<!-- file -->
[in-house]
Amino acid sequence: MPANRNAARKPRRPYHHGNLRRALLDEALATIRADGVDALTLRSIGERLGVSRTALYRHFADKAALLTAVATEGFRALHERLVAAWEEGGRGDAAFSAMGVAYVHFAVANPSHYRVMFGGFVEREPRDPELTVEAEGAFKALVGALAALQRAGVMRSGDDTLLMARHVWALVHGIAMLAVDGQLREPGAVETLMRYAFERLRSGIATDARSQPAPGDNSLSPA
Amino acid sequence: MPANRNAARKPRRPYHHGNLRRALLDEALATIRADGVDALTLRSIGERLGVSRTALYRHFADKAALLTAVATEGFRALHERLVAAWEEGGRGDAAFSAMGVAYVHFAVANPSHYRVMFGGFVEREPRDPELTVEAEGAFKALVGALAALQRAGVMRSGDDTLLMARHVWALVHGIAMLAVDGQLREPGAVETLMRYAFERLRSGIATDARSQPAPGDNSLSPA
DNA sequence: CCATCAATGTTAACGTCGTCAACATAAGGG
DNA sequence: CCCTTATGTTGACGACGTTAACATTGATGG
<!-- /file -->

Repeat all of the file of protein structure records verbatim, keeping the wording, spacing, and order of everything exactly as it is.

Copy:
[in-house]
Amino acid sequence: MPANRNAARKPRRPYHHGNLRRALLDEALATIRADGVDALTLRSIGERLGVSRTALYRHFADKAALLTAVATEGFRALHERLVAAWEEGGRGDAAFSAMGVAYVHFAVANPSHYRVMFGGFVEREPRDPELTVEAEGAFKALVGALAALQRAGVMRSGDDTLLMARHVWALVHGIAMLAVDGQLREPGAVETLMRYAFERLRSGIATDARSQPAPGDNSLSPA
Amino acid sequence: MPANRNAARKPRRPYHHGNLRRALLDEALATIRADGVDALTLRSIGERLGVSRTALYRHFADKAALLTAVATEGFRALHERLVAAWEEGGRGDAAFSAMGVAYVHFAVANPSHYRVMFGGFVEREPRDPELTVEAEGAFKALVGALAALQRAGVMRSGDDTLLMARHVWALVHGIAMLAVDGQLREPGAVETLMRYAFERLRSGIATDARSQPAPGDNSLSPA
DNA sequence: CCATCAATGTTAACGTCGTCAACATAAGGG
DNA sequence: CCCTTATGTTGACGACGTTAACATTGATGG